Compressed clip as seen on YouTube (1:1 crop)

Tahoe Youtube Compressed

Compressed clip as seen on YouTube (1:1 crop)

Tahoe Youtube Compressed2

Compressing the file before uploading it to YouTube did not result in a better playback quality on YouTube. To my eye, it was a mixed bag of nuts. Some parts seemed to retain more detail, while others seemed to lose detail. The wooden beam was a bit less crushed, but the dark clouds were fainter and had less detail.

Lake Tahoe Video
Name MVI_5798 Original MVI_5798 15Mbps
Origianl Size 17,183,816 bytes 4,053,165 bytes
(MB) 16.3 MB 3.86 MB
Bit rate 43.47Mbps 10.3Mbps
Youtube Size 2,327,076 bytes 2,261,559 bytes
(MB) 2.21 MB 2.15 MB
Youtube Bit rate 5.89Mbps 5.73Mbps

The ambiguity in the bit rate used for the compressed export (15Mbps vs 10Mbps ) is something I will have to revisit. The reason I want to revisit this issue is because all my subsequent 10Mbps exports that I uploaded onto YouTube outperformed the uncompressed uploads in terms of bit rate. The Lake Tahoe video was the only case where this did not happen. The conclusion I have drawn is this; YouTube is going to target the bit rate of your original Canon file size to some random bit rate. So lets assume the bit rate of your Canon footage is 45Mbps. Your YouTube bit rate for that file is always going to be some fraction of your original bit rate, which sucks because the Canon footage is already extremely compressed to start off with. With a basic understanding of what YouTube is doing, I decided to research this topic further and more scientifically by uploading a series of videos.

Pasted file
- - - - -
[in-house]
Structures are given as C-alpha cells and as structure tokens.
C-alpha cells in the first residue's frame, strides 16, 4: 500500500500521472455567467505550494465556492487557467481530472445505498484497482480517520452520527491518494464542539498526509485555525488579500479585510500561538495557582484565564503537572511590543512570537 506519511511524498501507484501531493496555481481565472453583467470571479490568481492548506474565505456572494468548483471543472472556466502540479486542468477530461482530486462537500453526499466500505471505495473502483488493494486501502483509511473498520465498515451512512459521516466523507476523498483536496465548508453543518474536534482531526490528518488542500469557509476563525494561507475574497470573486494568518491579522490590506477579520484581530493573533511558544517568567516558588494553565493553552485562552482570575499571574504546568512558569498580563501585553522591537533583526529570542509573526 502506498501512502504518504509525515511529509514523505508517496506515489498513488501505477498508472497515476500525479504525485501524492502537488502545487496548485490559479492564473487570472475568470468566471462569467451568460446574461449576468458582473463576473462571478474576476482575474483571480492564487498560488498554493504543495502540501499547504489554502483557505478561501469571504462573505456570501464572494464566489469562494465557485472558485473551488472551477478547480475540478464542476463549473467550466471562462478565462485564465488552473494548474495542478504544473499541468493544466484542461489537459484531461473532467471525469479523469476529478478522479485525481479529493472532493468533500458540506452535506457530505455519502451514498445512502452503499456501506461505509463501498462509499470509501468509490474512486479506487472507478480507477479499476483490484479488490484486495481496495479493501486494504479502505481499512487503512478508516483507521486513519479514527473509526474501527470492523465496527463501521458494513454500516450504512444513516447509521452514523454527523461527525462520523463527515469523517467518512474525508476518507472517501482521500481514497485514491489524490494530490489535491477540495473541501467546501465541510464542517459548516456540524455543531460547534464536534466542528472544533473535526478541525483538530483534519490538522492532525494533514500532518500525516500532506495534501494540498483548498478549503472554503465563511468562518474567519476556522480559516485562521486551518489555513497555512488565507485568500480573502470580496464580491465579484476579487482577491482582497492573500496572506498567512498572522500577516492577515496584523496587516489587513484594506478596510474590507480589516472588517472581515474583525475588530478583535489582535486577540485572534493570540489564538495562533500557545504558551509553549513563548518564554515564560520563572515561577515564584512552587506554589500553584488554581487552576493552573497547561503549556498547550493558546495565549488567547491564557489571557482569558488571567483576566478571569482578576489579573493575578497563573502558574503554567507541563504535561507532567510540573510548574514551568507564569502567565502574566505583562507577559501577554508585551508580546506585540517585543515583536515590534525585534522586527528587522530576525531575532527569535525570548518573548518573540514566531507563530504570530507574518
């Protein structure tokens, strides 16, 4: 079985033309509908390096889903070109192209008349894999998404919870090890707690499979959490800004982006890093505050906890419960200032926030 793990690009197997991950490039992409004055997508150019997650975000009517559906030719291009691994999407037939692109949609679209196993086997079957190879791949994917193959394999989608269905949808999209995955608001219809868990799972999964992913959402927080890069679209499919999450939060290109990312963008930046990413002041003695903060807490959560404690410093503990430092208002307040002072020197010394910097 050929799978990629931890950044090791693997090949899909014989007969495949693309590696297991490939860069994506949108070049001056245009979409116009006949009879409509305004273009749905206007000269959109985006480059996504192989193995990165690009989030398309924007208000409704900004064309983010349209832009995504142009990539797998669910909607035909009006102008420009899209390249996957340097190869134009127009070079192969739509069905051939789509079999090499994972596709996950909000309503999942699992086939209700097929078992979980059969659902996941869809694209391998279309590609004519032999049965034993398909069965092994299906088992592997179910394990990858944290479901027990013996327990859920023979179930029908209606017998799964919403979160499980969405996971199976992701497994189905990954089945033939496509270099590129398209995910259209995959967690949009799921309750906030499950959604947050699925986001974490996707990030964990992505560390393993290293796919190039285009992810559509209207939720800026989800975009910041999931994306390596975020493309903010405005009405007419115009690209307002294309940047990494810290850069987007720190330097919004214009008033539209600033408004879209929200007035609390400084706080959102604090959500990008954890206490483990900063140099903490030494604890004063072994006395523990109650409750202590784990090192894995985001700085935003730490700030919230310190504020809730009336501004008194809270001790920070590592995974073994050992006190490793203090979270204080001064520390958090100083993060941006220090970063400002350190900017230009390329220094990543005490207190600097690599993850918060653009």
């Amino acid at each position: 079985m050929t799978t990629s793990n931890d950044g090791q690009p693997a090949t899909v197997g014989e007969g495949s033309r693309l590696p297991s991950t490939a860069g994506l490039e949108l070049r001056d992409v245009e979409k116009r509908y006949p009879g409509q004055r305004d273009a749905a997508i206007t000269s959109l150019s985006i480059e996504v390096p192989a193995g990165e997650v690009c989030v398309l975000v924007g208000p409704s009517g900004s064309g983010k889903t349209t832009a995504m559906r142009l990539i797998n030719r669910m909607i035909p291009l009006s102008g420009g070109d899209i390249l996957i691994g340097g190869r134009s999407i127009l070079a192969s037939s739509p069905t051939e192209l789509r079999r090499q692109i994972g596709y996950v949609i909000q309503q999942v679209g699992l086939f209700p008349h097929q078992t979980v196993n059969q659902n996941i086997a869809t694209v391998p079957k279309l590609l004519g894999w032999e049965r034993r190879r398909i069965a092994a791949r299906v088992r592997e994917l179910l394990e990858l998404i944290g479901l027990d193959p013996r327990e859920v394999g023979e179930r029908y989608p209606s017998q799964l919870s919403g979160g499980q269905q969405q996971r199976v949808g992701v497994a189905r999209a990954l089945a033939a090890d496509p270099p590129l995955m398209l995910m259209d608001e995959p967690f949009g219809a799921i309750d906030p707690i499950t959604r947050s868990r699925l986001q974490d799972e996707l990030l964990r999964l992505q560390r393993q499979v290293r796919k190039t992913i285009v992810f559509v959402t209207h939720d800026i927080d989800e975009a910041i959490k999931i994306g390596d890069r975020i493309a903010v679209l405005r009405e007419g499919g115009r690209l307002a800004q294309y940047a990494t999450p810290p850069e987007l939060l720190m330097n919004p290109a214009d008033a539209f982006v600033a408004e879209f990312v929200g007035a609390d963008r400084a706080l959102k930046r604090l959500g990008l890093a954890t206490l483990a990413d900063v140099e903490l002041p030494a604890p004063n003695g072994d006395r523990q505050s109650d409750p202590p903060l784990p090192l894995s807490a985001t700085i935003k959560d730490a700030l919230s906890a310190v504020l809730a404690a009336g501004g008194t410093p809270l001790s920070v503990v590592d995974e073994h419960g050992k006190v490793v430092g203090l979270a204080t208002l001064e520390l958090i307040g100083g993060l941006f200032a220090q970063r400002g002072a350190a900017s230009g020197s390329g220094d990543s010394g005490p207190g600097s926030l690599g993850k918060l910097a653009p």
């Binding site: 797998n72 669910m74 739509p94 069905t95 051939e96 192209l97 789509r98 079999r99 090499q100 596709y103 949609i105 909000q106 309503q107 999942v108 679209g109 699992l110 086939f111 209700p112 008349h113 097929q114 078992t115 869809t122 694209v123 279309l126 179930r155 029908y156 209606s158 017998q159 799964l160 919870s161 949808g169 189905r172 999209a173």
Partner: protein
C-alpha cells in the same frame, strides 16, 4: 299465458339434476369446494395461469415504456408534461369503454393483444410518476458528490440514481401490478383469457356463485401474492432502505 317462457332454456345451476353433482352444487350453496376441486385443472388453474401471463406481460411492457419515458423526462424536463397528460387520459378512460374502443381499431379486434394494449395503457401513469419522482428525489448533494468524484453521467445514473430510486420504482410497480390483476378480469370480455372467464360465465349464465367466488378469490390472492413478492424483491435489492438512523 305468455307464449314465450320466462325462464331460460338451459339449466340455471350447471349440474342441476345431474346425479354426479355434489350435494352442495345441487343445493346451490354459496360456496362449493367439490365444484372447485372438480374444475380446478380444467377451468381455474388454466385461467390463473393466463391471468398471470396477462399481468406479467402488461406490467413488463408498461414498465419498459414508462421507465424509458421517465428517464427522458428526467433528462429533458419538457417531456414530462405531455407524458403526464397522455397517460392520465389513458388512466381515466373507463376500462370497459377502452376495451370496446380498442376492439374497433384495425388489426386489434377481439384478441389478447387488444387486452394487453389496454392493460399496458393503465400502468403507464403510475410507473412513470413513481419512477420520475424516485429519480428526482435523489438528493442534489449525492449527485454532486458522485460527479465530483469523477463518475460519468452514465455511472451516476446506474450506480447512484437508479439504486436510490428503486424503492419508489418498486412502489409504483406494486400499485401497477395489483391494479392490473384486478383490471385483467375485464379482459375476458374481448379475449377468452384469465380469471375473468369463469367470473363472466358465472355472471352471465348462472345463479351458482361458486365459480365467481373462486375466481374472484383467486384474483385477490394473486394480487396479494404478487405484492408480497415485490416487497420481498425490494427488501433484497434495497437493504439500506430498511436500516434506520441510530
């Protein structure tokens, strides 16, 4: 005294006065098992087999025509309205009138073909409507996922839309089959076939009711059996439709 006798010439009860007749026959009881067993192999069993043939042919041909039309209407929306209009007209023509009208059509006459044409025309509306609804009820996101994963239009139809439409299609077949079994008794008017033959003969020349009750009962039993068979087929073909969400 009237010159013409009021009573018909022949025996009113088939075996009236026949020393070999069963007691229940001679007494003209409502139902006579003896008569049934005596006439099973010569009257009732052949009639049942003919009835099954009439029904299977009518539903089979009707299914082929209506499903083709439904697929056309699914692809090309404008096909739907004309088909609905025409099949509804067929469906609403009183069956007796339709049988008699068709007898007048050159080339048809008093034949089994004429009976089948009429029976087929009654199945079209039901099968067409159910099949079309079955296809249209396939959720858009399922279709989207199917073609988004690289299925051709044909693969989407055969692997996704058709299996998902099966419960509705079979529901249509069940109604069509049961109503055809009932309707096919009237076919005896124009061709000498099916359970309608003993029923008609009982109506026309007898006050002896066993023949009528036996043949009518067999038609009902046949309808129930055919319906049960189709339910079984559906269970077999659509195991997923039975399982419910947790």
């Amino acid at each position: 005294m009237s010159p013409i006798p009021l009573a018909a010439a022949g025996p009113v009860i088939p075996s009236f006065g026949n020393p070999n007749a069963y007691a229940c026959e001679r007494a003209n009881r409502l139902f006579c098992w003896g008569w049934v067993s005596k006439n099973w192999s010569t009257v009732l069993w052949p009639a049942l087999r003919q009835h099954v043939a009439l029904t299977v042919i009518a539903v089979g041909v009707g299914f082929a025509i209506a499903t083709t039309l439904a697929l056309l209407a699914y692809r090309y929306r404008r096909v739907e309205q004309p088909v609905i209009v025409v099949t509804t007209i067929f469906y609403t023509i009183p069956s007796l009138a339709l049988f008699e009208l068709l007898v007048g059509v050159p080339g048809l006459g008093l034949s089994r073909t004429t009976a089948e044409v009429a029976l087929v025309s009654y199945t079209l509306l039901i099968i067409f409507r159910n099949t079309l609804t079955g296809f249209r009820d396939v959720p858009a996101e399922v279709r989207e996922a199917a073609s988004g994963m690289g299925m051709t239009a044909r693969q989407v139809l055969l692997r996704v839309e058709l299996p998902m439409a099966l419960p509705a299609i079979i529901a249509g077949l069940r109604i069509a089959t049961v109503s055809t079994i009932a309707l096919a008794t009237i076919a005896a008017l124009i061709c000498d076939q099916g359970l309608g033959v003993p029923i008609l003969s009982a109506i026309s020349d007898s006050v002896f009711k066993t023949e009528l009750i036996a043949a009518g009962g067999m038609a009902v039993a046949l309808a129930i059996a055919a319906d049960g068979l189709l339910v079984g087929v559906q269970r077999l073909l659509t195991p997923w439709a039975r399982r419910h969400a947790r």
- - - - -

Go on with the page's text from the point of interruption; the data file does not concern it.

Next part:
The first video (Garage) consisted of a dark setting with a tiny bit of movement. The second video (Outdoor Pan) consisted of a high dynamic range environment with lots of camera movement. The final video (Indoor Pan) consisted of a high dynamic range environment with lots of camera movement. The test I conducted consisted of feeding YouTube multiple bit rate versions of the same file, here are my results:

Name MVI_5587 Original MVI_5587 10Mbps MVI_5587 3.5Mbps
Origianl Size 85,689,548 bytes 13,061,619 bytes 6,535,919 bytes
(MB) 81.7 MB 12.4 MB 6.23 MB
Bit rate 46.35Mbps 7.04Mbps 3.53Mbps
Youtube Size 5,514,753 bytes 6,193,311 bytes 5,803,427 bytes
(MB) 5.26 MB 5.91 MB 5.53 MB
Youtube Bit rate 2.98Mbps 3.35Mbps 3.14Mbps
Compression Ratio 0.064381885 0.072337821 0.067686659